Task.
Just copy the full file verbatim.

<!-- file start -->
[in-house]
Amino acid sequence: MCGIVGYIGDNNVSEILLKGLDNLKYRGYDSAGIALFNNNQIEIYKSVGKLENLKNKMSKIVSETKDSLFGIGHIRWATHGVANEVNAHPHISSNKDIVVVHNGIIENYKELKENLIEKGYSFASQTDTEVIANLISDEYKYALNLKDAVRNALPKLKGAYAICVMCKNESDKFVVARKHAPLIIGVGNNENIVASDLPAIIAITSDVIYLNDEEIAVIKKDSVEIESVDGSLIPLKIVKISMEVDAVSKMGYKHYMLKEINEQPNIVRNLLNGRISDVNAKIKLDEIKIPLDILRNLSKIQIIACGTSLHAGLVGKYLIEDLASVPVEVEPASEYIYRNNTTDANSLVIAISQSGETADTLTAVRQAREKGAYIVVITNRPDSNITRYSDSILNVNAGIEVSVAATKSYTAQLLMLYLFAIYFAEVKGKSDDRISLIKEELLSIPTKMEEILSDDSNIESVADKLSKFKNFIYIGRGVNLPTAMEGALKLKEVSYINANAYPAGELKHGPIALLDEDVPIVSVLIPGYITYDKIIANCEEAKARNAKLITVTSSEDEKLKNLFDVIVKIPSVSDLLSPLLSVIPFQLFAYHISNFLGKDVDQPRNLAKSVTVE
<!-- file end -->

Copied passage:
[in-house]
Amino acid sequence: MCGIVGYIGDNNVSEILLKGLDNLKYRGYDSAGIALFNNNQIEIYKSVGKLENLKNKMSKIVSETKDSLFGIGHIRWATHGVANEVNAHPHISSNKDIVVVHNGIIENYKELKENLIEKGYSFASQTDTEVIANLISDEYKYALNLKDAVRNALPKLKGAYAICVMCKNESDKFVVARKHAPLIIGVGNNENIVASDLPAIIAITSDVIYLNDEEIAVIKKDSVEIESVDGSLIPLKIVKISMEVDAVSKMGYKHYMLKEINEQPNIVRNLLNGRISDVNAKIKLDEIKIPLDILRNLSKIQIIACGTSLHAGLVGKYLIEDLASVPVEVEPASEYIYRNNTTDANSLVIAISQSGETADTLTAVRQAREKGAYIVVITNRPDSNITRYSDSILNVNAGIEVSVAATKSYTAQLLMLYLFAIYFAEVKGKSDDRISLIKEELLSIPTKMEEILSDDSNIESVADKLSKFKNFIYIGRGVNLPTAMEGALKLKEVSYINANAYPAGELKHGPIALLDEDVPIVSVLIPGYITYDKIIANCEEAKARNAKLITVTSSEDEKLKNLFDVIVKIPSVSDLLSPLLSVIPFQLFAYHISNFLGKDVDQPRNLAKSVTVE